Good principals are just as important to student achievement as good teachers, and federal education policy should make explicit efforts to recruit, train, and retain them, say two Washington think tanks seeking to influence lawmakers.
Earlier this month, the Center for American Progress in Washington released a policy paper saying that the reauthorized Elementary and Secondary Education Act should require all states to have definitions of principal effectiveness and guidelines for next-generation principal evaluation systems. And the Wallace Foundation, based in New York, held a briefing for congressional staffers on Wednesday to stress that in cash-strapped times, investing in principal leadership is particularly cost-effective.
“Principals are uniquely positioned to ensure that excellent teaching and learning spread beyond single classrooms,” said one of the foundation’s discussion points. (Leadership coverage in Education Week is supported in part by a grant from the Wallace Foundation.)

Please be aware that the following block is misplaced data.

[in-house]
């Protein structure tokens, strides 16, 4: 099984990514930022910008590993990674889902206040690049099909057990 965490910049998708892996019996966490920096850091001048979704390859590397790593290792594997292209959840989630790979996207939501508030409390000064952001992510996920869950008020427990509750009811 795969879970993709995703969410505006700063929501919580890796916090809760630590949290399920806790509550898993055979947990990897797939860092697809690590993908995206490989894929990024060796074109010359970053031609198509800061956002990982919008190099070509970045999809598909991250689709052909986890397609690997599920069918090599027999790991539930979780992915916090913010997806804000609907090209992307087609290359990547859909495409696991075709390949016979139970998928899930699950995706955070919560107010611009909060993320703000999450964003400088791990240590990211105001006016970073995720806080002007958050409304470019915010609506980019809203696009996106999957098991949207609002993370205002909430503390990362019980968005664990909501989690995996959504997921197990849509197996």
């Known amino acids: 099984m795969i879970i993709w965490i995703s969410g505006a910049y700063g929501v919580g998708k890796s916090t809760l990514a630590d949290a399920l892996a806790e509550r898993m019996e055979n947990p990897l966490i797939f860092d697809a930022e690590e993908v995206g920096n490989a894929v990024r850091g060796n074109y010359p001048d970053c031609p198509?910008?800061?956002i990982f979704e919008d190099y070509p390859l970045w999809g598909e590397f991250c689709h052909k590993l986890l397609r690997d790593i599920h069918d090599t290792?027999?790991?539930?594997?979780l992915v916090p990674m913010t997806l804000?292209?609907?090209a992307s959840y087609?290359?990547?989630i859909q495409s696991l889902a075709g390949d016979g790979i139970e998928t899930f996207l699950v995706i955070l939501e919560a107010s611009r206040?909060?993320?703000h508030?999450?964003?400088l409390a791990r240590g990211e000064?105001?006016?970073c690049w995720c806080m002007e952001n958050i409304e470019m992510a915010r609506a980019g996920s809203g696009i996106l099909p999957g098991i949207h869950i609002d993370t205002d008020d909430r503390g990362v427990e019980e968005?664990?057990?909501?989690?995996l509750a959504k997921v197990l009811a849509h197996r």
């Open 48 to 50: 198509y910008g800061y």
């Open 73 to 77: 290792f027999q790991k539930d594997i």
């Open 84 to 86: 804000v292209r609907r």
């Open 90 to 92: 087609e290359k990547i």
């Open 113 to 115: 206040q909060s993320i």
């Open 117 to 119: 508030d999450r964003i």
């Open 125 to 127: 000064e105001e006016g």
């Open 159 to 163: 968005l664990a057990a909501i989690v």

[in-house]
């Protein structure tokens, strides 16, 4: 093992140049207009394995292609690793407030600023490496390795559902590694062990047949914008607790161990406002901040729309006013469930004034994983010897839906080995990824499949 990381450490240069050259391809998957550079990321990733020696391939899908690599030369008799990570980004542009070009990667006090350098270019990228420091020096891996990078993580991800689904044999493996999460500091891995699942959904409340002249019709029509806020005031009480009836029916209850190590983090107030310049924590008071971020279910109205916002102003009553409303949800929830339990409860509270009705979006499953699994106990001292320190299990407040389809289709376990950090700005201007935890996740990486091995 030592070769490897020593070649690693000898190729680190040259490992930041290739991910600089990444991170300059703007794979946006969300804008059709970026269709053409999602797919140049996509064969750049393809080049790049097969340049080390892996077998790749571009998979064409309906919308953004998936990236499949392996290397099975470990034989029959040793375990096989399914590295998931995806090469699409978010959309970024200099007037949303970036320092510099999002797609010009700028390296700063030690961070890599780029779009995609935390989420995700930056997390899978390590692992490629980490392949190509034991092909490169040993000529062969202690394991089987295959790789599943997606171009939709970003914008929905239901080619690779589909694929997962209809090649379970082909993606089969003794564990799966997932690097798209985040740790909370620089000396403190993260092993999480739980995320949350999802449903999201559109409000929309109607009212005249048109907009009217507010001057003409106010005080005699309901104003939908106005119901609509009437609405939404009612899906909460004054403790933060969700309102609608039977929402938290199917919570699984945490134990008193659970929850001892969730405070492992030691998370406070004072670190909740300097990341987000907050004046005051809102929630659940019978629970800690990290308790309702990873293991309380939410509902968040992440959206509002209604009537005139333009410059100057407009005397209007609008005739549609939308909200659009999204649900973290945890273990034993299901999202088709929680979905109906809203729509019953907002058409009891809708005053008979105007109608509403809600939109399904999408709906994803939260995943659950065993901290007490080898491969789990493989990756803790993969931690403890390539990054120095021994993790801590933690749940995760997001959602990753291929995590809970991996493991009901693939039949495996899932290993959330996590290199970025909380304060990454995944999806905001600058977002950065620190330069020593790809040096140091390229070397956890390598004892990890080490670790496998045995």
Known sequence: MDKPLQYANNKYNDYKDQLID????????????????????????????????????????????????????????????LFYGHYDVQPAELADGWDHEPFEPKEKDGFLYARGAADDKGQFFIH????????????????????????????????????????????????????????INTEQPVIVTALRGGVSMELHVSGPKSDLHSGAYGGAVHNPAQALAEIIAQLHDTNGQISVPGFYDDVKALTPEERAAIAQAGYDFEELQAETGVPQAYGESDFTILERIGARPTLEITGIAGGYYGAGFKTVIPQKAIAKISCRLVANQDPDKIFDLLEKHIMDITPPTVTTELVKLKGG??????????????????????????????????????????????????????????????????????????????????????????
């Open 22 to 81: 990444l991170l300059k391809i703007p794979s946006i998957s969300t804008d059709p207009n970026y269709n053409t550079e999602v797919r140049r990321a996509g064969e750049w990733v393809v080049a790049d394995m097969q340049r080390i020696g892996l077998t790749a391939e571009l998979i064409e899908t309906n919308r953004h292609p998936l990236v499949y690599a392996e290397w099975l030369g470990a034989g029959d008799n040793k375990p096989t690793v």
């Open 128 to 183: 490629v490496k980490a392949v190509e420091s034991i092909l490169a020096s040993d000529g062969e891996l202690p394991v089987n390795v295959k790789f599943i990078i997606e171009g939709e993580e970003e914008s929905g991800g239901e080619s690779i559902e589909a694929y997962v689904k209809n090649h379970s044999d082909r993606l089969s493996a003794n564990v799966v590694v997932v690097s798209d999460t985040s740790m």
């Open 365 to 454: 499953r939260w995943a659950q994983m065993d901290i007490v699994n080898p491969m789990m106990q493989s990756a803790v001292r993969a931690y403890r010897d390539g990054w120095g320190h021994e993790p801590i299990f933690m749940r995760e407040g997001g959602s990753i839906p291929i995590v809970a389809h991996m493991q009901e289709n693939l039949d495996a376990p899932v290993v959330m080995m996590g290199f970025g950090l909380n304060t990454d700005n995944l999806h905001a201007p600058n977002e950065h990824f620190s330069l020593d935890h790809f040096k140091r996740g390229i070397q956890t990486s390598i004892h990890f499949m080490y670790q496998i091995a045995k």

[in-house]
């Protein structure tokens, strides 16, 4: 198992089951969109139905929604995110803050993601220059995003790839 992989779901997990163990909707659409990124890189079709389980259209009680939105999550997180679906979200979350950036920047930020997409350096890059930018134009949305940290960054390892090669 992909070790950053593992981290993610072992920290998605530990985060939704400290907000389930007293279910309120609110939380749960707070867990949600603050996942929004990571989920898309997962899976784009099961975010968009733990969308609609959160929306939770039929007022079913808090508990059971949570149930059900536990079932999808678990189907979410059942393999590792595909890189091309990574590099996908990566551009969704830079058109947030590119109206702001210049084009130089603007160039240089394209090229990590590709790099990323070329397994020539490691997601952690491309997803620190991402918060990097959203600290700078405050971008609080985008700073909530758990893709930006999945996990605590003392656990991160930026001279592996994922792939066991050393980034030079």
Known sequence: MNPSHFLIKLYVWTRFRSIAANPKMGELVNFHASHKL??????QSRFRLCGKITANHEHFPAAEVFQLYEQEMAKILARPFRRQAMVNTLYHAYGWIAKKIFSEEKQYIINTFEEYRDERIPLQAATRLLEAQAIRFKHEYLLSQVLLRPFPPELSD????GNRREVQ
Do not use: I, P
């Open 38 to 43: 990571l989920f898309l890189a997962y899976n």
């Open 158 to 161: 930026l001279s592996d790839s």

In Increasing Principal Effectiveness: A Strategic Investment for ESEAThe paper from the Center for American Progress outlined several factors states could use to evaluate principals on their leadership skills.
For example, the paper said, principal evaluations should assess a principal’s ability to improve teacher effectiveness and retain good teachers at high rates. States should also have minimum quality standards and work to ensure all students are in schools with effective principals. All of these changes could be made a condition of a state receiving a Title II teacher-quality federal grant.
The Wallace panel talked about the need for evaluating principals better, but also noted that federal policy could help with principal training programs, for example by funding principal internships, or helping to create leadership academies that produce effective leaders.
The debate over just what makes an effective teacher should not overshadow the importance of school principals, both groups say.
“Ultimately, it would be nice to see if we could create a West Point for education leaders,” said Linda Darling-Hammond, a professor of education at Stanford University in California and one of the speakers at the Wallace Foundation panel.
The Obama administration has been pushing for Congress to reauthorize ESEA by the beginning of next school year, but no timetable has yet emerged for when the bill may be completed.
A version of this news article first appeared in the District Dossier blog.